Friends are a very rare jewel, indeed. They make you smile and encourage you to succeed. They lend an ear, they share a word of praise, and they always want to open their hearts to us.

Sunday, 15 January 2012

Love From the Father


video

Be sure to read the very end of this...such a meaningful message.

There once was an old man who lived in South Korea. After the war, times were hard and life for him wasn't easy. His occupation was that of a metal collector which was considered the lowest job possible at the time). He would search garbage can after garbage can looking for scraps of metal which he could sell to the government. He earned a measly ten dollars and spent five to buy food. He lived in a hut which he built on the mountain side and was a very lonely person and nobody cared for him. He lived a sad life for his face was severely scarred from a fire which killed his family. No one would look at him because he was so grotesquely scarred and because of this he kept very quiet and avoided people whenever he could. His main goal in life was to save enough money to fix his face so he could live a "normal" life.

Meanwhile, there was an orphan who lived in the streets every day. Both his parents left him when he was only nine. The boy was blind and suffered from severe malnutrition. Every day the boy begged for food but the people who passed by would either laugh at him or say evil things to him. In fact, some even kicked him or threw dirt in his face. Although he wished so much that he could run away, he couldn't because he was blind. Like the old man, the boy lived a sad sad life and nobody cared about him.

One day, as the old man was walking down the street and he was trying his best to avoid people while looking for scraps of metal, he saw the broken hearted boy and felt sympathy for him. Out of his kind heart, he took the boy to his home. There he fed him, clothed him, and treated him like his own beloved son. The boy was joyful and was so eternally grateful to this person who treated him like a loving father. For the first time in his life, the boy felt loved.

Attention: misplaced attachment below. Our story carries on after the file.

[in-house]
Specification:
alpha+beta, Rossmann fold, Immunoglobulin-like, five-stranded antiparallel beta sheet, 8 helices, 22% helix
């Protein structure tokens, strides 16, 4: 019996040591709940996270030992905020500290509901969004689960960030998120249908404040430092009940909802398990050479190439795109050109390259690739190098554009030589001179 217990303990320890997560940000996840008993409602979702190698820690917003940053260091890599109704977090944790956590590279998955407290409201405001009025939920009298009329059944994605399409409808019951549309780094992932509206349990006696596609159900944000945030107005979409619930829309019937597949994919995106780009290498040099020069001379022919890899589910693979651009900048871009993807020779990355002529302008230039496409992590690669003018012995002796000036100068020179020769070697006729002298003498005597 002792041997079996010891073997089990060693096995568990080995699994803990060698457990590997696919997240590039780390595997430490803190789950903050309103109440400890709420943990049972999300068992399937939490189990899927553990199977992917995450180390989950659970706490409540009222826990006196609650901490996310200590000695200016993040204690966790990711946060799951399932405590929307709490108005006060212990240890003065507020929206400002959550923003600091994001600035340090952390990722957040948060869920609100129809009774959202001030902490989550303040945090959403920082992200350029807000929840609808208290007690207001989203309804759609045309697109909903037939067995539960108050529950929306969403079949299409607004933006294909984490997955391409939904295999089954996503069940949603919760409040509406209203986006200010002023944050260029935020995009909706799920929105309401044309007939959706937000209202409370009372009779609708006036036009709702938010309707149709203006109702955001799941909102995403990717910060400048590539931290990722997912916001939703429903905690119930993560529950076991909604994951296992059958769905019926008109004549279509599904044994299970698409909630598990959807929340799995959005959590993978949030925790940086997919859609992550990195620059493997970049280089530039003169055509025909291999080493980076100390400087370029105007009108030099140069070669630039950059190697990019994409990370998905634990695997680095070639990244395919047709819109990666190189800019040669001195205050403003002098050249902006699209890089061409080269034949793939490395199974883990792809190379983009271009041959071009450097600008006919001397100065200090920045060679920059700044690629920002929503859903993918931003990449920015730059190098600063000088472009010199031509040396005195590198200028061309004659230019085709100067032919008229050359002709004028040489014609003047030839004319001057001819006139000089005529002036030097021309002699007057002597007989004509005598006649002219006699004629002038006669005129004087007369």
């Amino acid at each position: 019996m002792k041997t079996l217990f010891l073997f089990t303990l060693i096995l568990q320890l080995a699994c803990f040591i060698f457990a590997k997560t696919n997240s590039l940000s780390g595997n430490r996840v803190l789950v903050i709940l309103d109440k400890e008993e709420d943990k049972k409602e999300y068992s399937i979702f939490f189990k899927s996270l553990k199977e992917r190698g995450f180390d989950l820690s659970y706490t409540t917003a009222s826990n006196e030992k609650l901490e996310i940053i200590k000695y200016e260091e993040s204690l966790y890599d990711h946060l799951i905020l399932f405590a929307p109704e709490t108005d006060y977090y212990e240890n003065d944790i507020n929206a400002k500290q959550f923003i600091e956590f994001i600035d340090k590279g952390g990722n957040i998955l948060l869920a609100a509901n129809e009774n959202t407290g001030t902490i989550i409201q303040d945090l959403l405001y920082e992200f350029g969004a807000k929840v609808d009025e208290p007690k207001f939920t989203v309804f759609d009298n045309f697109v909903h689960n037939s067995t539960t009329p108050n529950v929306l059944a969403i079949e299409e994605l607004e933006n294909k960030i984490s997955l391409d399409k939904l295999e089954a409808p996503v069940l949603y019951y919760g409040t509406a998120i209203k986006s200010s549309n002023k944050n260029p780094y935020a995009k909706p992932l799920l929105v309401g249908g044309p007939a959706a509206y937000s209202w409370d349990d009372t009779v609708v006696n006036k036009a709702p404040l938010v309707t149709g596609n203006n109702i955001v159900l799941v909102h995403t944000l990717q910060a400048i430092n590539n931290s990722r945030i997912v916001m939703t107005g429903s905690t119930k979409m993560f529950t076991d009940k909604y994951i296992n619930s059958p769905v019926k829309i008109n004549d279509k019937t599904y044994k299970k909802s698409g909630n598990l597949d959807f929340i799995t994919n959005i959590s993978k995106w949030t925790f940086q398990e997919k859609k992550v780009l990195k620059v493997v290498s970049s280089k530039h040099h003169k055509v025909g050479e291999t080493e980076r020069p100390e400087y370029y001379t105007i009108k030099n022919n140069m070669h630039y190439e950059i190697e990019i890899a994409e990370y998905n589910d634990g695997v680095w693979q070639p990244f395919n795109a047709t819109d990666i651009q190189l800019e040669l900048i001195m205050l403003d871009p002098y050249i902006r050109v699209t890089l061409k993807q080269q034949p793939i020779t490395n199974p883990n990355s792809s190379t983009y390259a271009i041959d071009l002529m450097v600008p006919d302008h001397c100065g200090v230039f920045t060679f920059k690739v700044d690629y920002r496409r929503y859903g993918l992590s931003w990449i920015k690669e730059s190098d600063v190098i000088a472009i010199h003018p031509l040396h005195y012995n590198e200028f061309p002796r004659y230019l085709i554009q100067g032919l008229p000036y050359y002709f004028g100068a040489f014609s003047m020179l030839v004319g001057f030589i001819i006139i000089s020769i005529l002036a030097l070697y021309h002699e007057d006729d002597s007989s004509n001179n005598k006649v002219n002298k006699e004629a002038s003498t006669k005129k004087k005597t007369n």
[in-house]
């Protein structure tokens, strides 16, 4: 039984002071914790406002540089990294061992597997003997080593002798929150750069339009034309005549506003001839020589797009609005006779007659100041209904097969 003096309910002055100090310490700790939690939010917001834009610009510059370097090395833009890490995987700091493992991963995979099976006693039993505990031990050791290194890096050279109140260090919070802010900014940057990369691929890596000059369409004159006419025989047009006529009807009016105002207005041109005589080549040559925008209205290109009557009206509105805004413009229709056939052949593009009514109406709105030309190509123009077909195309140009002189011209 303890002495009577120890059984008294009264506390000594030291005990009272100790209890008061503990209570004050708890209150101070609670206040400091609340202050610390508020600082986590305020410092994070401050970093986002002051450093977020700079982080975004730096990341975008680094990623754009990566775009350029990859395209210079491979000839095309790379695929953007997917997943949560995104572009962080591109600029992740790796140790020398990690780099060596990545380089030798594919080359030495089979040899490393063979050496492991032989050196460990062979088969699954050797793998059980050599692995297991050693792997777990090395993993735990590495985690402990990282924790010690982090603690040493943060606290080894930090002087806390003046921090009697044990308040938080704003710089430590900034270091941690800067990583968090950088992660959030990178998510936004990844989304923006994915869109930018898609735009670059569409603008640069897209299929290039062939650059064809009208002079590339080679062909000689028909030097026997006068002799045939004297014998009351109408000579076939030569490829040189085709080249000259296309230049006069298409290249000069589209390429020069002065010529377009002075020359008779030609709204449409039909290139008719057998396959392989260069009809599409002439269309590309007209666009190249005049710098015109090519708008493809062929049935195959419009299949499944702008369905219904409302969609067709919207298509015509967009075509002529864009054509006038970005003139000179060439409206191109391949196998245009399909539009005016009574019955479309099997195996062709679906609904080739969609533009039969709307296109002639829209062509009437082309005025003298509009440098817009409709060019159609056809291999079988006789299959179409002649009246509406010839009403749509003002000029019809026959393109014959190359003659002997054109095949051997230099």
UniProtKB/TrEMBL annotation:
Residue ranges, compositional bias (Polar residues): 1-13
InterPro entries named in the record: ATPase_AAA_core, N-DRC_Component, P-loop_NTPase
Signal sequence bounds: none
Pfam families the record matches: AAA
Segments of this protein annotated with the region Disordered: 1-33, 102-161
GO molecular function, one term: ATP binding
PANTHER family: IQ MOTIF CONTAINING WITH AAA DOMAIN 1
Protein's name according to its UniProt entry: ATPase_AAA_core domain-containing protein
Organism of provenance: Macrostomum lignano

Years passed and the old man and the boy were very happy together. One day the boy said to the old man, "I'm sorry for being so useless. I wish my eyes would become better so I could help you work. You must be such a beautiful and wonderful person because you took care of someone as wretched as me. Maybe one day I could see your wonderful face."

The old man immediately became silent being too moved to say anything.

The next day he went to the hospital and asked the doctor privately how much it would cost for the surgery to heal his face. The doctor told him around a thousand dollars. He was Deeply saddened because he had saved up for ten long years and only had a little more than fifteen hundred. He then asked the doctor how much it would be to heal the young boy's sight. The doctor said fifteen hundred dollars will do. Without thinking, he knew what he had to do. He would give up his life-long dream for this boy whom he loved so dearly.

The next day, he took the boy to the doctor. He didn't want the boy to see him after the operation because of the scars on his face. Hesitantly and sadly, he went up to the young boy and said, "After you receive your sight I can't be with you anymore, yet I shall always think of you. I want you to be happy and live a good life."

After these words he paid the doctor and the tired man left knowing he could never truly reveal himself to the one he loved so dearly. The surgery was very successful and immediately thereafter the boy could see again. He was filled with joy and wondered why he couldn't see the one he who he owed his life to and sacrificed so much for him.

After the boy left the hospital, he started looking for a job and soon he found one at a restaurant. He became a waiter there and worked full time earning a good amount.

Chance would have it that the next day the old man came looking for metals to collect. He started searching around the garbage can of the restaurant. While he was searching, the manager of the restaurant came out and started yelling at him and commanding him to leave because he was scaring the customers.